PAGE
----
LONDON — The British government plans to trial a new citywide coronavirus testing program in Liverpool, offering regular testing to everyone who lives and works in the city of 500,000 in an effort to slow the spread of the virus.
Testing will take place throughout the city using a variety of technologies, including new methods that can provide results in an hour or less.
The Department of Health says, “these more advanced tests will help identify infectious individuals who are not displaying symptoms … so they can self-isolate and prevent the virus from spreading.”
The Liverpool trial is seen as a test of how Britain might be able to roll out mass testing across the country, which is battling a surge in coronavirus infections. England is scheduled to begin a second national lockdown on Thursday.
Liverpool has one of the highest infection rates in England, with more than 410 cases per 100,000 people.
HERE’S WHAT YOU NEED TO KNOW ABOUT THE VIRUS OUTBREAK:
— Huge voter turnout expected in U.S. despite virus, political rancor
— ‘Raw exposed nerves’: Anxious nation awaits Election Day
— Germany to expand use of antigen tests, hoping that's a cheaper way to keep nursing homes safe
— U.S. hospitals are scrambling to hire more nurses as the coronavirus pandemic surges, leading to stiff competition and increased costs
HERE’S WHAT ELSE IS HAPPENING:
BERLIN — As Europe tries to break a surging wave of coronavirus infections, Germany is counting on a new type of test to avoid closing nursing homes to visitors, a move that caused considerable anguish among residents and relatives in the spring.
So-called antigen tests, which look for a specific protein on the virus, were first launched months ago. They are cheap and fast, but experts said at the time they are also less accurate than the standard PCR test, which detects even the tiniest genetic trace of the virus.
Still, Germany — which has managed to contain the spread of the outbreak better than many of its neighbors — announced recently that it is bulk-buying millions of antigen tests each month.
“We have a new strategy,” Chancellor Angela Merkel told reporters. “We can now basically perform rapid tests on visitors to nursing and care homes.”
Nursing homes will receive up to 20 free monthly tests per resident. These can be used to test patients, staff and — crucially — visiting relatives, who might be unwitting carriers of COVID-19.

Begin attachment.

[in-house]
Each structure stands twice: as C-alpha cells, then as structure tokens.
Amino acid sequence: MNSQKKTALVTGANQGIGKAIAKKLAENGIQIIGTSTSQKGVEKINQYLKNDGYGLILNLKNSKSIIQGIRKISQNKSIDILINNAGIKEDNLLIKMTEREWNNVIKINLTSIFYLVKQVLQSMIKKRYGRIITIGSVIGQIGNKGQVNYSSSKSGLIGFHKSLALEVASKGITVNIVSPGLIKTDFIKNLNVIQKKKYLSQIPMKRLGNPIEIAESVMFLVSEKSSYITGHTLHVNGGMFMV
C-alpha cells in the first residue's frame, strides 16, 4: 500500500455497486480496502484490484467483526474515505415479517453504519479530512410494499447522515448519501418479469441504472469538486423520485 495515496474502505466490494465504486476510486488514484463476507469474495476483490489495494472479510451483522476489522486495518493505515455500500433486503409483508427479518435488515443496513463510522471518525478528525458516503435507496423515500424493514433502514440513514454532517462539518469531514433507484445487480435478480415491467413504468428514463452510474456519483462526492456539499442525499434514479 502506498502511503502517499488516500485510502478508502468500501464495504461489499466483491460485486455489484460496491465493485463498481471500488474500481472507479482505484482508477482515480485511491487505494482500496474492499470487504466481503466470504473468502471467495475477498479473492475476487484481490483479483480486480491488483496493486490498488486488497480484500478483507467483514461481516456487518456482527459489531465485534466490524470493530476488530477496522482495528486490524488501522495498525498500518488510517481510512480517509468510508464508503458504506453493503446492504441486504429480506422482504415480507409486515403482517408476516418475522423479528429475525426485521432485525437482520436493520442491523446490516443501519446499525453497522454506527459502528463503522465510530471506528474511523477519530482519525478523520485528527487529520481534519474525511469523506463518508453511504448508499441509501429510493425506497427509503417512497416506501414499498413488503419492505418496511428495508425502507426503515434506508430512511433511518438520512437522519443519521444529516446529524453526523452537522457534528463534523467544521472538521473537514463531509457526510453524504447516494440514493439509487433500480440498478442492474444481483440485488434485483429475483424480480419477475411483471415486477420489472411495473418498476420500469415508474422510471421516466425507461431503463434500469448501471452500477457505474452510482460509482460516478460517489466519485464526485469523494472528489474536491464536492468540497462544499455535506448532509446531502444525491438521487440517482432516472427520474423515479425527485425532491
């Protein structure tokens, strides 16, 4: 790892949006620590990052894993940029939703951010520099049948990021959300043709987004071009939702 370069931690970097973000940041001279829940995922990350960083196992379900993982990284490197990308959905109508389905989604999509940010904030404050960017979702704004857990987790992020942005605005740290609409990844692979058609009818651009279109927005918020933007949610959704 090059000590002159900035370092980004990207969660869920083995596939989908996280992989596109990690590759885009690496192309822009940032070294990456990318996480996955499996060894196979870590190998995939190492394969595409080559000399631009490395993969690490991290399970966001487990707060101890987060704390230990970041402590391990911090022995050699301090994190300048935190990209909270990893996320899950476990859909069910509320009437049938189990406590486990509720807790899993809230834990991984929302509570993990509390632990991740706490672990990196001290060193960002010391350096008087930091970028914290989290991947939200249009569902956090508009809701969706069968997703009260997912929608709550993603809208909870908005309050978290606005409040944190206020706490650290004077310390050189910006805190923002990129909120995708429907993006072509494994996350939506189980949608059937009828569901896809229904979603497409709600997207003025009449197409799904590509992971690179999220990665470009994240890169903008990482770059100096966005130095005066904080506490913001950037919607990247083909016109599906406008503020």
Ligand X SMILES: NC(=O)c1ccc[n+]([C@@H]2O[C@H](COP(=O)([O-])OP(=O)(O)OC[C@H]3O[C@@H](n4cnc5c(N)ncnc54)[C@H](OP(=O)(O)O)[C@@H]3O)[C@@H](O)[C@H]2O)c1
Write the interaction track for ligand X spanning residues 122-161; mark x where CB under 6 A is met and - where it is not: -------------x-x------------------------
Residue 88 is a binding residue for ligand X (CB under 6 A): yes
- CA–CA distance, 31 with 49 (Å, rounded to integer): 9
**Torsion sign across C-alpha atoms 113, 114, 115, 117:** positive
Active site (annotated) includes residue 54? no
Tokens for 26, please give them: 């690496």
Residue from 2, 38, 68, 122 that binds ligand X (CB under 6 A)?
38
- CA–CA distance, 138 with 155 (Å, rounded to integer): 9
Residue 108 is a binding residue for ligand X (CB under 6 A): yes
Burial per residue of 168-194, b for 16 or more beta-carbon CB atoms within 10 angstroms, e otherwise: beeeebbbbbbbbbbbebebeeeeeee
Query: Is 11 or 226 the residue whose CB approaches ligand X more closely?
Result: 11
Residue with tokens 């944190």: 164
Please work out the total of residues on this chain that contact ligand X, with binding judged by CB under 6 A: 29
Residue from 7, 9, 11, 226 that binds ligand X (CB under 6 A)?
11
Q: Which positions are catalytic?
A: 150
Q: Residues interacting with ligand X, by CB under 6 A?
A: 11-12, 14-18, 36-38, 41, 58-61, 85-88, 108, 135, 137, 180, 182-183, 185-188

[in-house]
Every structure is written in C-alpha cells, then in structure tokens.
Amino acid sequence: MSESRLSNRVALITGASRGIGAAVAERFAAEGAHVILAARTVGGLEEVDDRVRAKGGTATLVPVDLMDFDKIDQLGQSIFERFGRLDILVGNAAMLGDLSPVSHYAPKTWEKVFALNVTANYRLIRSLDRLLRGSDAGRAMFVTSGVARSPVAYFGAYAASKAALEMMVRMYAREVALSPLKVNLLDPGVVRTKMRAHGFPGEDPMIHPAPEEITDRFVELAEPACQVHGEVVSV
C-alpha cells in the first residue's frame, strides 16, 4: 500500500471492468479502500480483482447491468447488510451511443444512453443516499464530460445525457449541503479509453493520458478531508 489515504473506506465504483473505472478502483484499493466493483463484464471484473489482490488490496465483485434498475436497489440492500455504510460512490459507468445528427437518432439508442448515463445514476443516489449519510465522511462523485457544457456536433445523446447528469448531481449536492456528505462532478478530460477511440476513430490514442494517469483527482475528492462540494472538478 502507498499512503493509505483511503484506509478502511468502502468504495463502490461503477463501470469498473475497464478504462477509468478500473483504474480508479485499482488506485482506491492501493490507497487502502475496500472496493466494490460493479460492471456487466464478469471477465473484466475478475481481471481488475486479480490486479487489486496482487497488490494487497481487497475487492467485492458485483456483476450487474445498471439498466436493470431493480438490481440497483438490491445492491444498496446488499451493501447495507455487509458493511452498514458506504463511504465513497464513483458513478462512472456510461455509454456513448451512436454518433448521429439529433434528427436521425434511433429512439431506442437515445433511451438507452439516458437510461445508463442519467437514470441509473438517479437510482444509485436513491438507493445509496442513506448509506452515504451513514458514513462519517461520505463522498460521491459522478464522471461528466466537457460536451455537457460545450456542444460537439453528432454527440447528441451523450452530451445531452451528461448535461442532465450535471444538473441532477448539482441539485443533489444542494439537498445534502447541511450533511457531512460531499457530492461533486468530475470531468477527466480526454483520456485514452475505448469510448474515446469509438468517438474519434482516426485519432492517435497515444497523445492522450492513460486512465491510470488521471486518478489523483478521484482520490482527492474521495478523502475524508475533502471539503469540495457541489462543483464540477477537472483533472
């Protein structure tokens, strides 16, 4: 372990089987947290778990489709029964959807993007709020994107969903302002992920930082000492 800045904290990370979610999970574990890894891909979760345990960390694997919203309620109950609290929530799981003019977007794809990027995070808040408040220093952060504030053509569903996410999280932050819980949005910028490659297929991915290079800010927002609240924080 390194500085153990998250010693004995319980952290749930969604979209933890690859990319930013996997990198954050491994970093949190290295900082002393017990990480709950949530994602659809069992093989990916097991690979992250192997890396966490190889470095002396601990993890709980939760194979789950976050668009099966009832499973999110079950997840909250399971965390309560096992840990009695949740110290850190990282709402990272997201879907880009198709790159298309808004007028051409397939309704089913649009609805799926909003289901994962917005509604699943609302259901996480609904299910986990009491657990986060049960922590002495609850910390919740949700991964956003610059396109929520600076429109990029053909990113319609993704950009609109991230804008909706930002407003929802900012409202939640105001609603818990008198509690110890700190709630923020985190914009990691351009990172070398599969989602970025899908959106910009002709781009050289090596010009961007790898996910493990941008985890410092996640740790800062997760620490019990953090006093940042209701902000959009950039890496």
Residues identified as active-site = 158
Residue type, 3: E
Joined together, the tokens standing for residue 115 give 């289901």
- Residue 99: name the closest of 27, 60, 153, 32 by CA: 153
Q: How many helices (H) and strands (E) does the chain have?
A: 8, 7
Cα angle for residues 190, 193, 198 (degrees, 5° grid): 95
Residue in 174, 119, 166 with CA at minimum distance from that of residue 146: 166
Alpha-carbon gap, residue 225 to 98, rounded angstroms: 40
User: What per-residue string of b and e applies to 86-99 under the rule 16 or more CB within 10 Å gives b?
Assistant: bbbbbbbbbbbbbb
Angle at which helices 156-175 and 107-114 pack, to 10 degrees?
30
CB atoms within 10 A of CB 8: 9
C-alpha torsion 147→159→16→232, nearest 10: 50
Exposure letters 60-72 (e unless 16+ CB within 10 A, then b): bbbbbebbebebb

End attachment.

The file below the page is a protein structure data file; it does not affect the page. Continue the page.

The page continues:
COLOMBO, Sri Lanka — Authorities in Sri Lanka have extended the school holidays for two more weeks, postponing the opening of classes amid a surge of COVID-19 patients from two clusters in Colombo and the capital’s suburbs.
Schools had been scheduled to reopen Nov. 9, but the government announced Tuesday that classes would not resume until Nov. 23.
Schools were suddenly closed last month as a precautionary measure after a new cluster of coronavirus infections centered on a garment factory erupted in the densely populated Western province, where the capital is. Another cluster centered on the country’s main fish market arose later.
The two clusters have now grown to 7,856 confirmed cases, with 275 in the previous 24 hours. The total caseload for the pandemic stands at 11,335 with 21 deaths from COVID-19.
NEW DELHI, India — India has registered 38,310 confirmed coronavirus cases in the last 24 hours, maintaining an overall downturn even as fresh infections continue to appear in its capital, New Delhi.
The Health Ministry on Tuesday also reported 490 more fatalities from COVID-19, raising the overall death toll to 1,23,097.
With a total of 8.2 million coronavirus cases during the pandemic, India is the second worst-hit country behind the United States. But it has been witnessing a steady fall in daily cases.
Still, health officials say New Delhi remains in the grip of its third and worst wave of infections yet. In the past week, there were more than 5,200 cases on average every day. The Health Ministry attributes the city's surge to the festival season, with people crowding markets for shopping.
TOPEKA, Kan. — A surge in confirmed coronavirus cases in Kansas is hitting some of the state’s most rural counties hard and has officials in even urban areas worrying that people aren’t following public health advice closely enough.